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Digital marketing is an essential part of business – and we should always be looking for ways to improve our strategies. The competition in the digital world to uncover the next great thing is hotting up – and Apple has made a bold statement with their latest targeted advertising patent.
We’ve all had that creepy moment online – when an ad pops up and you realise that you’re the target, based on your searches or clicks. When consumers access information online, brands refine their offers and marketing strategies, and target them to prospective customers. Apple’s new patent takes this a step further.
What does Apple’s latest patent mean for marketers and consumers?
This latest patent is an advertising service backed by Apple which gathers financial information to better understand consumers. Instead of advertising products consumers want to buy, this system advertises products that consumers can afford.
In the ever growing world of online shopping, businesses need a solid e-commerce strategy. Apple’s patent aims to help them become more efficient at targeting their online advertising.
In other words, the advertising consumers would see would be based on their credit card balances – and businesses could target their marketing to those who are most likely to buy. Apple sees this as a major advantage – for consumers and marketers – as only the advertising of goods and services that individual users can afford would be shown to them.
How would it work?
To offer this type of advertising Apple would have to access sensitive information. The system, as patented, would access the credit and debit card information of consumers and would monitor their balances. This information would allow businesses to understand how much consumers have available to spend.
To gather this information, consumers would have to first agree, and may need an incentive to actually enter the system. The patent itself is aimed at mobile marketing, as the advertising would be received in a mobile platform.
For technical and in-depth definitions, have a look at the specific claims within the patent application – claim #20 summarises it well.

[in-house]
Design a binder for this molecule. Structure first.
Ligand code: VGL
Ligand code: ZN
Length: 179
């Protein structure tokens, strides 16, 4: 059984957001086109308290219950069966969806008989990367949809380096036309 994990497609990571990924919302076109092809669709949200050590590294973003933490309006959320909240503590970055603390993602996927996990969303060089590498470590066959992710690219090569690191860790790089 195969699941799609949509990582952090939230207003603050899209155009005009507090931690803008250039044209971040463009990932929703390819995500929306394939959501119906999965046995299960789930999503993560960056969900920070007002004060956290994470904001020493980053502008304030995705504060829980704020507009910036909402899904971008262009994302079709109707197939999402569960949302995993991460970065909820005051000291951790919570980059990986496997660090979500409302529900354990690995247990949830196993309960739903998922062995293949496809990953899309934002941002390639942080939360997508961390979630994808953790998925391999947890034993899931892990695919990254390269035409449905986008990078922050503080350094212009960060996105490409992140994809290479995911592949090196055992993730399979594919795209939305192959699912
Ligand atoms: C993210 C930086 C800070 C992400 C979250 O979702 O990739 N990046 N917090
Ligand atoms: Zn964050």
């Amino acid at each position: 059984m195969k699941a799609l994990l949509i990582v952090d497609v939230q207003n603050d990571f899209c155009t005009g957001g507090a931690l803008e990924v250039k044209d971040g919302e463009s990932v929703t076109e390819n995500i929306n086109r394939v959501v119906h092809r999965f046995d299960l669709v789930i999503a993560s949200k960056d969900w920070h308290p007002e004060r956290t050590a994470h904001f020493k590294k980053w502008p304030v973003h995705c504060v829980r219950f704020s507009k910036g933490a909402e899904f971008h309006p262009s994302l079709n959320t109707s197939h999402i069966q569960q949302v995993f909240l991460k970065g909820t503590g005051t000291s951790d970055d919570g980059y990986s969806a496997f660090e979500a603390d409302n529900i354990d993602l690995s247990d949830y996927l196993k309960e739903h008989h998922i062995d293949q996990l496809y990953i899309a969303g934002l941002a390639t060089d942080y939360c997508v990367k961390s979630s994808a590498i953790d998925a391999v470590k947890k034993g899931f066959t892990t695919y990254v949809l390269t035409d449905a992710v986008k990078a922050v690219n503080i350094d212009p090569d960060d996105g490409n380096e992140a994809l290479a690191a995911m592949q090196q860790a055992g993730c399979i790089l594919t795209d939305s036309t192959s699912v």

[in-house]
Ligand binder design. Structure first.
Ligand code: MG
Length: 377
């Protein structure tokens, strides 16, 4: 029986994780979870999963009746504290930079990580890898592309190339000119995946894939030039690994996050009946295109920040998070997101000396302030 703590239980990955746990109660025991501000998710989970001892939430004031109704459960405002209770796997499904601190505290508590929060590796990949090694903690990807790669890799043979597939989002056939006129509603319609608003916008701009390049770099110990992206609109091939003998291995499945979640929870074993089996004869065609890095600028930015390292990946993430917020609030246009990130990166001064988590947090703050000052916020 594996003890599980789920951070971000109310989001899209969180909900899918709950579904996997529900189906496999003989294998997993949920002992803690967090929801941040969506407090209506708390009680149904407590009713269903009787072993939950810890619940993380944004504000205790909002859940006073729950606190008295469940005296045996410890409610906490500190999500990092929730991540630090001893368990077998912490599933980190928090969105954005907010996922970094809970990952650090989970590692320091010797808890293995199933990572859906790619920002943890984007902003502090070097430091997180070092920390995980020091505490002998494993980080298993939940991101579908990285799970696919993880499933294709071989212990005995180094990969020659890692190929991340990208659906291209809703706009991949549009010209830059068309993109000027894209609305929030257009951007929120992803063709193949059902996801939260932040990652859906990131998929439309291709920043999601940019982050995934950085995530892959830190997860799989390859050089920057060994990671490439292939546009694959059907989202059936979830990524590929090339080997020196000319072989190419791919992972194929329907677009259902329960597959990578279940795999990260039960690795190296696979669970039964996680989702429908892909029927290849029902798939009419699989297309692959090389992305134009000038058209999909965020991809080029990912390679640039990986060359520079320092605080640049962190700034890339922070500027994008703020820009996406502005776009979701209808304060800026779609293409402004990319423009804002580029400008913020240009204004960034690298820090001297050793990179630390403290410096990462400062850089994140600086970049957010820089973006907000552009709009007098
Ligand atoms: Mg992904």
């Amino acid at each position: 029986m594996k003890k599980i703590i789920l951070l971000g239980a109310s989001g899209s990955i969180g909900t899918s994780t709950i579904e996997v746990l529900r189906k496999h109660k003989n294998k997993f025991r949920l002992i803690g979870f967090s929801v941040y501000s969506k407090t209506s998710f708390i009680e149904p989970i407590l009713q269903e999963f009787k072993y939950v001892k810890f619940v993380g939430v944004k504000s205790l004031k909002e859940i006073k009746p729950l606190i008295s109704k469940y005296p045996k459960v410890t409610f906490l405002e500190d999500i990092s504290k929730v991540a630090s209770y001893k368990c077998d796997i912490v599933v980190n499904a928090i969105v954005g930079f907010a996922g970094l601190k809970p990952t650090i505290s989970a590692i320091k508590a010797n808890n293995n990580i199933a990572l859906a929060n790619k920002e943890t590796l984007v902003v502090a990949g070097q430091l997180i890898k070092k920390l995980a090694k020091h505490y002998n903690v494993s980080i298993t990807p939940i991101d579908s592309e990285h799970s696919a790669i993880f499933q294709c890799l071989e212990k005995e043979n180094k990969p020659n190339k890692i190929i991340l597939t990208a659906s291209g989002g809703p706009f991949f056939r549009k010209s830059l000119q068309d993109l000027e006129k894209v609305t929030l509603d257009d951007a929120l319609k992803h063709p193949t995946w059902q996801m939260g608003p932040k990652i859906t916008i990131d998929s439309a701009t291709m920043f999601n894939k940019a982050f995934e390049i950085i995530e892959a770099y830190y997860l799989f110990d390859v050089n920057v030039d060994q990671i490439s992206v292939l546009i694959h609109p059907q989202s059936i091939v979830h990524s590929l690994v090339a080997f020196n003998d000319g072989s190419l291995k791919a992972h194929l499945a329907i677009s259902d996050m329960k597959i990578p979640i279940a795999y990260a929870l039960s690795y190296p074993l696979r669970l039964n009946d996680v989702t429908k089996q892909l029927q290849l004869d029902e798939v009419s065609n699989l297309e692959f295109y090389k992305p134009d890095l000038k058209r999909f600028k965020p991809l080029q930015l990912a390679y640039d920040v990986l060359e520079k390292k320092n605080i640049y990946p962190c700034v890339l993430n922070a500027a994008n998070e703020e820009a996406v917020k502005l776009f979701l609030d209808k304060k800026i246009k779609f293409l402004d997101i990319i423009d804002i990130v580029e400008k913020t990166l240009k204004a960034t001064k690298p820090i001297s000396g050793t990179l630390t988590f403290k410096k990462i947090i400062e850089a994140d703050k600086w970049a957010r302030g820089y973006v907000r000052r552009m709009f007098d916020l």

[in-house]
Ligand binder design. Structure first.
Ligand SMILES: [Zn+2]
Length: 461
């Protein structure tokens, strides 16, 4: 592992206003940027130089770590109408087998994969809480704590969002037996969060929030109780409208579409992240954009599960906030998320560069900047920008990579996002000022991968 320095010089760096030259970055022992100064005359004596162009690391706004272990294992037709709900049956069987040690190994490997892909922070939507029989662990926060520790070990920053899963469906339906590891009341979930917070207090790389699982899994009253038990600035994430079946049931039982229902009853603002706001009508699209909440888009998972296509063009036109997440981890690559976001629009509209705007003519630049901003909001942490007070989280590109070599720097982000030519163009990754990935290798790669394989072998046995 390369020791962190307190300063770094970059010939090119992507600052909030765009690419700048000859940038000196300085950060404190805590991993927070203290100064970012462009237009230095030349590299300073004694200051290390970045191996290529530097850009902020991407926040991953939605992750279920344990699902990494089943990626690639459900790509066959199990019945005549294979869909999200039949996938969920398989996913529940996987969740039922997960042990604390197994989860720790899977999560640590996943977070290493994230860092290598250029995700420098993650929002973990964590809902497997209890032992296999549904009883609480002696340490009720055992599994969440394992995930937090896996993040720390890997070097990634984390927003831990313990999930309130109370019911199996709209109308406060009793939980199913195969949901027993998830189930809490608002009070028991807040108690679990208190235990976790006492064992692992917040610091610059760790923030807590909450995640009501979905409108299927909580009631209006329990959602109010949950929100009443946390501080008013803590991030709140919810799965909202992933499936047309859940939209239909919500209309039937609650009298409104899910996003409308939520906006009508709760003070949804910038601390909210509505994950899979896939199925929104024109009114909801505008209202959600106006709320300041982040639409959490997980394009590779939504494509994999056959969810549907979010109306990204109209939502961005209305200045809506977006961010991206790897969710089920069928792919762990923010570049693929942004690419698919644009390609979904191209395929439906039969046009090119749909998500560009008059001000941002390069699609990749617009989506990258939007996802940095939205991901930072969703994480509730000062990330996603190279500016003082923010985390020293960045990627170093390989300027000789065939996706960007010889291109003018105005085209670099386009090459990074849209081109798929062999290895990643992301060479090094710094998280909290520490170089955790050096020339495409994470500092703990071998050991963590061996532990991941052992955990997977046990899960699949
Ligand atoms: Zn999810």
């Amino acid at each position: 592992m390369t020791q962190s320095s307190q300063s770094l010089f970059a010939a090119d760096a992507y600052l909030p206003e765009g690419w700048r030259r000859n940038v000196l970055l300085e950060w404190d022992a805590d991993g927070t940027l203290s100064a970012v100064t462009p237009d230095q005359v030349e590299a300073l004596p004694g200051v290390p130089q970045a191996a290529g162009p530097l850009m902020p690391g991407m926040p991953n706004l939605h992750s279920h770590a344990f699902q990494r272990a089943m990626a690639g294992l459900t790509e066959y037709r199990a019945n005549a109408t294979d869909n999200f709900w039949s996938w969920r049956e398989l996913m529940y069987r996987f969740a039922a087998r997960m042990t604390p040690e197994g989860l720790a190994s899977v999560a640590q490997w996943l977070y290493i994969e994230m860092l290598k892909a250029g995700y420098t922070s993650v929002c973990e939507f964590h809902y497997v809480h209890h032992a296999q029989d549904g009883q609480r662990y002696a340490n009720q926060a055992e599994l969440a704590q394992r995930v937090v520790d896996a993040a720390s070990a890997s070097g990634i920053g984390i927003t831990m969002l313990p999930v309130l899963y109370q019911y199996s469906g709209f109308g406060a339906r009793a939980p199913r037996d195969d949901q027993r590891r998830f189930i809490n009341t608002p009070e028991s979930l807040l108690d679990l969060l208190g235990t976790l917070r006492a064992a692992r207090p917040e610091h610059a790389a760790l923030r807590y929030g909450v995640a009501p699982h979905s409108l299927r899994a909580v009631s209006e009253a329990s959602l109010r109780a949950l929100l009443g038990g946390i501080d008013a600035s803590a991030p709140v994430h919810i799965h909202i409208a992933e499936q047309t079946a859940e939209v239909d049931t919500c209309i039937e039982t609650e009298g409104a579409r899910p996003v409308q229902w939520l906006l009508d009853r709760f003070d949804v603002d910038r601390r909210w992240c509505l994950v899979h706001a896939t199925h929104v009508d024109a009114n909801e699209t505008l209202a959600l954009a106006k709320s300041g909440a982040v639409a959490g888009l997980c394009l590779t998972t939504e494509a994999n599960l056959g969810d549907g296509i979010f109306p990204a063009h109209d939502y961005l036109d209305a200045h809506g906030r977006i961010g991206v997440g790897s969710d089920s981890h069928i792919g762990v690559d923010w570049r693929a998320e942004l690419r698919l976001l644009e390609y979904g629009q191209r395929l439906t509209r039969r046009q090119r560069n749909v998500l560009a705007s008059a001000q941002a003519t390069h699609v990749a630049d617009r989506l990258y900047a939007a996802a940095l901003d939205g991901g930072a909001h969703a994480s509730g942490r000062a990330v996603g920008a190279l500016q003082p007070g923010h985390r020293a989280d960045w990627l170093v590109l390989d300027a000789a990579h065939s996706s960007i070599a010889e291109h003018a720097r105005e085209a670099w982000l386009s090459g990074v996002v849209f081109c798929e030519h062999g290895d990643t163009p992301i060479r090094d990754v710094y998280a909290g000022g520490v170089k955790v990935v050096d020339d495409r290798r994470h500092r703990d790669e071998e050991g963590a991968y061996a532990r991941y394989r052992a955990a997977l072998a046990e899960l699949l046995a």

Smarter spending and effective targeting
When it comes to targeted advertising, market segmentation has always been an important part of any strategy. This patent, if it comes into play, would essentially become a very effective market segmentation tool for e-commerce business.
The tendency to break down brand targeting into smaller segments, is becoming more common. It has led to big social media platforms, such as LinkedIn, to create showcase pages, Google+ to favour communities created by Google+ business profiles and sites like Facebook to increasingly display what their users want to see – and eliminate what they don’t.
The potential is there for this patent to become a tool for marketers, helping them know if their message is reaching the right audience.
And let’s face it – as a consumer, as much as you like those designer shoes or the next tech savvy gadget, they might be too expensive for your current budget.
The ethical debate
For consumers, this patent may open up ethical discussions. Apple has built its reputation on ensuring they have no real interest in selling consumer data – but this patent would run on just that. Apple has patented the ability to implement such a system – but maybe there’s an ulterior motive, such as shielding the idea from competitors. Tech companies tend to apply for patents to stay ahead of the game and prepare for the future. Some patents make it, others don’t.
Even if Apple does not develop such a system, the ethical debate remains. How far should online businesses go to gather information to guide their advertising? There’s two sides to this – the marketers who welcome data with a smile, and the consumers who have concerns about giving too much information away.
Will the patent become a reality?
Although this system is yet to become a reality, it potentially could be up and running in the not too distant future, encouraging smarter spending by consumers and more effective targeting for marketers. It shows how promising the future of mobile and e-commerce advertising is, and the huge potential of what can be achieved within it.
Do you believe this patent is inevitable? From an e-commerce standpoint I would say yes. But as a consumer, would you readily share your financial information, to be targeted only with what you can afford? Leave a comment below to let us know what you think.